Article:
Mishi’s Tale – Bones, fur and little bells

Part 1 –  Over the Bridge

As I walked along the disused platform I could make out the tufts of fur and small bones scattered along the tarmac and in the long grass beyond.
A few feet ahead I could see something shining in the sodium light of the platform apposite.
I recognised it instantly so I kicked it into the long grass where it would be more difficult to see. After all, if found by anyone else it would be a  death sentence for the animal that I had come to save.
The sun had been going down by the time that Laszlo and I reached Dawn Lane Railway Station. We were on a mission to plan and the capture of an wild animal believed to be a feral dog.
The beast had been distressing commuters on the city bound platform who were able to see across the way to the disused side.
My neighbor Laszlo had told me of stories about a devil dog roaming the station platforms by night. It was living off small animals and scraps left on the one remaining used platform.
Laz, as some called him, wanted to save the dog before it became a victim of public opinion. He had conscripted me to join in the mission.
And I was a willing recruit.
We had been neighbors for a number of years and had come to be best friends.
Laz, or Laszlo Fodor to give him his full name was short, rather overweight and partly hidden behind a short cut beard. He is what we around here would describe as ” all Arse and Pockets”.
If this doesn’t conjure up a picture then imagine the popular paintings of Toulouse Lautrec and you won’t be far off the mark.

We Need Cunning Plan

Putting aside Laszlo’s appearance he had a heart of gold.
He had come to me for help in catching this unfortunate beast which, incidentally, he had never even seen for himself.
I sometimes called him Laz which he didn’t seem to mind but I didn’t make a habit of it.
At school his nickname was “Four Door” ( Fordor – get it ). I never dared to use that one in his presence but when thinking about him that’s the one that he’s comes up.
As we stood on the disused side of the line I started to tell him about the object that I had kicked into the long grass.
We were far enough away from anyone else but it didn’t stop me talking in a whisper.
” Go on then, spill the beans”, Laszlo hissed half covering his mouth with one hand ” whats the big deal?”.
” You saw me kick something? yep, well it was a nice pink collar with a little bell on it”.
“Oh dear” he laughed”
” It could be curtains for it if that gets out
 We’d best find some way to catch it before it gets into anymore of a mess”.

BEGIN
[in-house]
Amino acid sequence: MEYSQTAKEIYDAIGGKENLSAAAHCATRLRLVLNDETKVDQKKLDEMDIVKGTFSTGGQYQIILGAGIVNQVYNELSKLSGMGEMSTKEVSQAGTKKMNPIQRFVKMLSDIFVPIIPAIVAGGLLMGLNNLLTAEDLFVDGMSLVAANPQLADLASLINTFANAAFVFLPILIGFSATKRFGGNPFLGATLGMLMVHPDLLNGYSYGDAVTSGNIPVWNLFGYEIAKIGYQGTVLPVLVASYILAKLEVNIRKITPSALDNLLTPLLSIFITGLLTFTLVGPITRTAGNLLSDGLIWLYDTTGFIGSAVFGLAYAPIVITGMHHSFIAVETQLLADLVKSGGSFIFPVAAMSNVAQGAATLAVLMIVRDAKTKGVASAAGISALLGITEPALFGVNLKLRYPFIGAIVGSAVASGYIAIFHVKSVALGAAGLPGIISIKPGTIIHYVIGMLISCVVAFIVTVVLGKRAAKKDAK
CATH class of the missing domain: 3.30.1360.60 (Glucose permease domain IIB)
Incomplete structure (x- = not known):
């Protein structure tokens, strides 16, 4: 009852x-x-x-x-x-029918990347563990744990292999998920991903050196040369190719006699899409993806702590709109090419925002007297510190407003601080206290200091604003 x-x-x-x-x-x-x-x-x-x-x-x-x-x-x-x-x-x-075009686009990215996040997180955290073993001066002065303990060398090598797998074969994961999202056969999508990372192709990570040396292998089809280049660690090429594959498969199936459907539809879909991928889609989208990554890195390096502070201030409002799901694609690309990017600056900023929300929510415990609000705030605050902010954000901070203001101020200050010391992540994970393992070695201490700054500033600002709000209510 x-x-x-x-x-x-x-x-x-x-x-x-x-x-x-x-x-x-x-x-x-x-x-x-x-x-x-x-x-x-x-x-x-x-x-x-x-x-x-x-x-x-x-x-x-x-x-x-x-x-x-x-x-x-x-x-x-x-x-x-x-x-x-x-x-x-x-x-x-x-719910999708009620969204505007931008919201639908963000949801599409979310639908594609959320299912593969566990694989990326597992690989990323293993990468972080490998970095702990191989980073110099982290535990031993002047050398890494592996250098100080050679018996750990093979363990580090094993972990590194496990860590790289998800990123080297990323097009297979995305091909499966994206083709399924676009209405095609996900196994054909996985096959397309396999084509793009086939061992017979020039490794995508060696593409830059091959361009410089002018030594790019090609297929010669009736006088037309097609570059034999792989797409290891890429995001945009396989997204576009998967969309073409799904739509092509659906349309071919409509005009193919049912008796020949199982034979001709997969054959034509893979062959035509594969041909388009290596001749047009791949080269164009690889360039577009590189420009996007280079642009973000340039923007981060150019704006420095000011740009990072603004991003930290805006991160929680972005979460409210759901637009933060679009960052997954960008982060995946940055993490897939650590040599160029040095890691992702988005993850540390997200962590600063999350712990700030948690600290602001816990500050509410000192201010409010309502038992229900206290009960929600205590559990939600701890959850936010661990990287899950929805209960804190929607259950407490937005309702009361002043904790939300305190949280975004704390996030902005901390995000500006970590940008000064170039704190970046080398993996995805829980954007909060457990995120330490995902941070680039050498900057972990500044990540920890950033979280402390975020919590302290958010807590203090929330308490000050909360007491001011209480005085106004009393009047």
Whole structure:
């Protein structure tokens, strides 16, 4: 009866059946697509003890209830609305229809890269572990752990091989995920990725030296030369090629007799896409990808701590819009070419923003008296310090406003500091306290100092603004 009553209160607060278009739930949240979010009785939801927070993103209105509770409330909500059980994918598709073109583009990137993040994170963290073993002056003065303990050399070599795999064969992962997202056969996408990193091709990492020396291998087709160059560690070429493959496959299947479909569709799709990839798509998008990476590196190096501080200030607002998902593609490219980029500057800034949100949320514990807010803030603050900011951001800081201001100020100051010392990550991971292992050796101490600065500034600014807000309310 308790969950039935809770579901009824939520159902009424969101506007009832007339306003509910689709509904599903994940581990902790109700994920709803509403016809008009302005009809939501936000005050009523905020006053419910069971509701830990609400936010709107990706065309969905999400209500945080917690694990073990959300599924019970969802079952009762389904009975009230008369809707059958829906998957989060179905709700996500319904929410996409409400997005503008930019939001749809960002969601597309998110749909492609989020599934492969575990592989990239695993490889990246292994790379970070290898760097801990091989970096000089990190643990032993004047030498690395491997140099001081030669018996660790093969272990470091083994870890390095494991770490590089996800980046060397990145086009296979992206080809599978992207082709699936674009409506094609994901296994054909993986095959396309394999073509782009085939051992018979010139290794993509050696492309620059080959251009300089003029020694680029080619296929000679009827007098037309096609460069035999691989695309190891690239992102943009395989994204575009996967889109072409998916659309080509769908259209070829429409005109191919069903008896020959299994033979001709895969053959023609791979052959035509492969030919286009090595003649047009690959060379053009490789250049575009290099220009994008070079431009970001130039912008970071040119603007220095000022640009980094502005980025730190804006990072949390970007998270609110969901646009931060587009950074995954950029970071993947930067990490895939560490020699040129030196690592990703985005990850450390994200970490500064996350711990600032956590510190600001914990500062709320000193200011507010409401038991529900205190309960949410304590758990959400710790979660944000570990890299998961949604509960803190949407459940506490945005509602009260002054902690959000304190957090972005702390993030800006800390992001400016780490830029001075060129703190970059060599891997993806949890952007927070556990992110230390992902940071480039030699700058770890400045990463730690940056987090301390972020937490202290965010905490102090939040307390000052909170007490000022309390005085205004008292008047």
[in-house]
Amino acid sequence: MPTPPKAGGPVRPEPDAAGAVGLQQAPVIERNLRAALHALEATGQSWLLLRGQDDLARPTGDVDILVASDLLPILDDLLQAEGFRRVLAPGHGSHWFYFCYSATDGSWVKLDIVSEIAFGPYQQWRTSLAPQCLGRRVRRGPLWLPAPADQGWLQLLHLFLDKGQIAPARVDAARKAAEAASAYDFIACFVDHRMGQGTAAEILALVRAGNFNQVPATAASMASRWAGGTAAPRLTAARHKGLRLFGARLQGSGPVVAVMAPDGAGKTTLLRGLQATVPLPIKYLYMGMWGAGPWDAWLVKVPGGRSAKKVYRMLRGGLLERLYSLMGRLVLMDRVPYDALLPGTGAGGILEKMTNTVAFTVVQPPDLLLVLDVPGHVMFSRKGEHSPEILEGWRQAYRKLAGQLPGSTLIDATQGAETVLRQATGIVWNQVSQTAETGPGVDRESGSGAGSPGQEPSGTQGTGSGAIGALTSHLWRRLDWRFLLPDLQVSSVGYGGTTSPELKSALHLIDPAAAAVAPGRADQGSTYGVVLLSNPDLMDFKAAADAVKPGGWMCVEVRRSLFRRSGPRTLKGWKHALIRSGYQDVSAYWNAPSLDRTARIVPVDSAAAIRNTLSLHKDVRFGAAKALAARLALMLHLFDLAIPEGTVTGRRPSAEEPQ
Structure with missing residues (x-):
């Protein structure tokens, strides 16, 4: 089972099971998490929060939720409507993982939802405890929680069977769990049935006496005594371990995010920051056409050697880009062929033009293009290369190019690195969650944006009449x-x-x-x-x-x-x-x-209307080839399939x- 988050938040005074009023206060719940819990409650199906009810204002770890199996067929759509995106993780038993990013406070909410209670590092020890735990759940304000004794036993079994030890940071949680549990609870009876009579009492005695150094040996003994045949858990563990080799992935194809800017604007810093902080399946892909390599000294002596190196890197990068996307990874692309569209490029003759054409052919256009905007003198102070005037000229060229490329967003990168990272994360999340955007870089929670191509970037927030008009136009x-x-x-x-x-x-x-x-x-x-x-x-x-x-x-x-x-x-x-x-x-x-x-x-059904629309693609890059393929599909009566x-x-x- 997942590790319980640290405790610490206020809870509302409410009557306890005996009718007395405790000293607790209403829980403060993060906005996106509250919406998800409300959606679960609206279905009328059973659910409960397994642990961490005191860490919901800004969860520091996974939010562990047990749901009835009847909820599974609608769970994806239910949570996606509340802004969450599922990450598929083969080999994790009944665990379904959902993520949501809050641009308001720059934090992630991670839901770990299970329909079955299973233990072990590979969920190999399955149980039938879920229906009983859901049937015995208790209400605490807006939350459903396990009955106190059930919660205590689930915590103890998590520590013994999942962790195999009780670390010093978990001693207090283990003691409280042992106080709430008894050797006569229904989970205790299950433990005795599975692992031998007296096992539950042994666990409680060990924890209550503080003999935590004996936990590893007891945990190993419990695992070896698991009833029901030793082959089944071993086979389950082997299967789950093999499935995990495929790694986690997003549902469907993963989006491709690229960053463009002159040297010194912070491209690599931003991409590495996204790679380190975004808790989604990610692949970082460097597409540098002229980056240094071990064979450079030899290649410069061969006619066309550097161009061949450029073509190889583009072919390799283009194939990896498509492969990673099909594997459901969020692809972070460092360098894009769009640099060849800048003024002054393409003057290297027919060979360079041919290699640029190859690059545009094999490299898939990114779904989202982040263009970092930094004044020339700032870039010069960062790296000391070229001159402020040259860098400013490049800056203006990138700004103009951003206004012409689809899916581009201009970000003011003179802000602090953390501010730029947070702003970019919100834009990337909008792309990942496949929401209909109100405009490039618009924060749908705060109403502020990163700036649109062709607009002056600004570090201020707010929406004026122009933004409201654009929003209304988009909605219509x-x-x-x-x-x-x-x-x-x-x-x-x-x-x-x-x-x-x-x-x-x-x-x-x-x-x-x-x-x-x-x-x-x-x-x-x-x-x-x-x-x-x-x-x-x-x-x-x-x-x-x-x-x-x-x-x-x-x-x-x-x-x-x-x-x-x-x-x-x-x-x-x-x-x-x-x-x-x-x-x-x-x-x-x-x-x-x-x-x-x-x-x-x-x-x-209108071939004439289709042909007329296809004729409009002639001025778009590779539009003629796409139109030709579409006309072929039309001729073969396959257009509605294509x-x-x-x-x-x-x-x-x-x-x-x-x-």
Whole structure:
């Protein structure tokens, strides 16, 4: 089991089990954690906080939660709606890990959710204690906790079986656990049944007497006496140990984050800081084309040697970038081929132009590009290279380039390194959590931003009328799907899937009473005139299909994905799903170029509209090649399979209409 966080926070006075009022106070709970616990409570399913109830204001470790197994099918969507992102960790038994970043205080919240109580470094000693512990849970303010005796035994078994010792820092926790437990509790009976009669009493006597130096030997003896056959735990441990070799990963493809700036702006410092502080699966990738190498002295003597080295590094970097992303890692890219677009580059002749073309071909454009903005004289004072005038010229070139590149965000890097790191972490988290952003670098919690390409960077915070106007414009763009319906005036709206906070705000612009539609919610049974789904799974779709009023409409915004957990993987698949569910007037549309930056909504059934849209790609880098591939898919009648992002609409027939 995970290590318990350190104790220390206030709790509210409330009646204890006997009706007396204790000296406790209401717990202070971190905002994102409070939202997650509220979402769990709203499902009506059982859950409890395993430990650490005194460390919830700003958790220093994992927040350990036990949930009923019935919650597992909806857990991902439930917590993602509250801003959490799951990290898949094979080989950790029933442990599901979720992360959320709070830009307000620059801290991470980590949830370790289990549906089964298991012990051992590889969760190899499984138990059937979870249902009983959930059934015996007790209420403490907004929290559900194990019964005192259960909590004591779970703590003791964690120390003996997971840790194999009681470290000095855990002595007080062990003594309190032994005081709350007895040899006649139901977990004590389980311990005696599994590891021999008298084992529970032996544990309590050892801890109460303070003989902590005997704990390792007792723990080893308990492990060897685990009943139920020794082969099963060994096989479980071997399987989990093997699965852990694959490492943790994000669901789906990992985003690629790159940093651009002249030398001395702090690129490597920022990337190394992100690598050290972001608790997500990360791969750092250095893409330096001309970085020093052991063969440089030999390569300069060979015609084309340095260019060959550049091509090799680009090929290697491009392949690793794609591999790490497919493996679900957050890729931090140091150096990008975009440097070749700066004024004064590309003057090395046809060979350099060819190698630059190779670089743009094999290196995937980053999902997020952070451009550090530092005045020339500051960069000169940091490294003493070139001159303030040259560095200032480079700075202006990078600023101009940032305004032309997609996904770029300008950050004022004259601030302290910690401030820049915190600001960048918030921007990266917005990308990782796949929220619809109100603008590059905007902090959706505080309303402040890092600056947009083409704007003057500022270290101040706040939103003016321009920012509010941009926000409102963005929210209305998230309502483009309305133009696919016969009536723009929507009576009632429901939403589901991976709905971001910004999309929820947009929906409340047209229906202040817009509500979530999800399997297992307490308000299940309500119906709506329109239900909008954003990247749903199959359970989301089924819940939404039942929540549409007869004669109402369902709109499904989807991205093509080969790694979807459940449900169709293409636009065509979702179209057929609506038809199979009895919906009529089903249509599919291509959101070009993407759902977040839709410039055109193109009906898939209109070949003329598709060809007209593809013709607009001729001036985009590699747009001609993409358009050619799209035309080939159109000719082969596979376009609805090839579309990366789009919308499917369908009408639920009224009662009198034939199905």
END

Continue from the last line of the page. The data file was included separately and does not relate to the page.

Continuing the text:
“It’s already been good night Vienna for one poor pussy”
I agreed, “but how? we’ve not even set eyes on it yet”.
I dropped my voice as we drew near to the ticket office and the guy who let us have the key to the bridge half an hour earlier.
The guy in the ticket office stared at us as though we’d lost the plot.
You could almost see him thinking here they come again.
He may be glad that we were returning they key but I doubted that he would want to let us have it on a regular basis.
Well until the job was done.
How, on earth, was going to take to the idea of two middle-aged guys attempting to catch a hell hound.
To make things worse we had no idea of where to start, let alone what we would do with it if, by some miracle, we actually caught the thing.
I’d spent the last twenty years as a salesman but I didn’t fancy trying to sell this idea to the railways official representative.
I left it to Fourdoor. He went over and talked to the ticket guy for a couple of minutes  then sauntered casually over to me.
” He says we can have the key any time so long as we make ourselves scarce when the trains are due and we Must stay off the tracks”.
No problem there then I told myself.
We handed back the key and wondered home to concoct a plan.

Simplicity is the Key

The walk home was both dark and shrouded in the silence of thoughtful plotting.

I could think of several ideas, off the cuff, which included:

  • Tempt it with treats and grab it, simple but it probably wont fall for it.
  • Lasso it, neither of us had done this in a very long time and even then with little or no success.
  • Net it, with a large net. Problem no net and no skill in throwing one.
  • A box trap – this is where you put down bait and prop a box over it so that pulling a string will cause the box or cage to drop over it. This had once worked for me but only when catching a Hamster.
  • Borrow a professional trap from the RSPCA or similar. The nearest RSPCA was twelve miles away and they might not take to the idea of lending equipment to us.

The last idea had an additional problem. The RSPCA, we were told, had already had several attempts to capture the beast all without any success. They may not want two amateurs to succeed where  they had failed.

I decided to say nothing to Fourdoor until the next night when we would have our strategy meeting.

Incidentally I have opted for the Fourdoor  as it comes to  mind more naturally.

Arrangements made, for the next night, we went our separate ways.

Home to bed and to plan.


Part 2 – Meet the Beast

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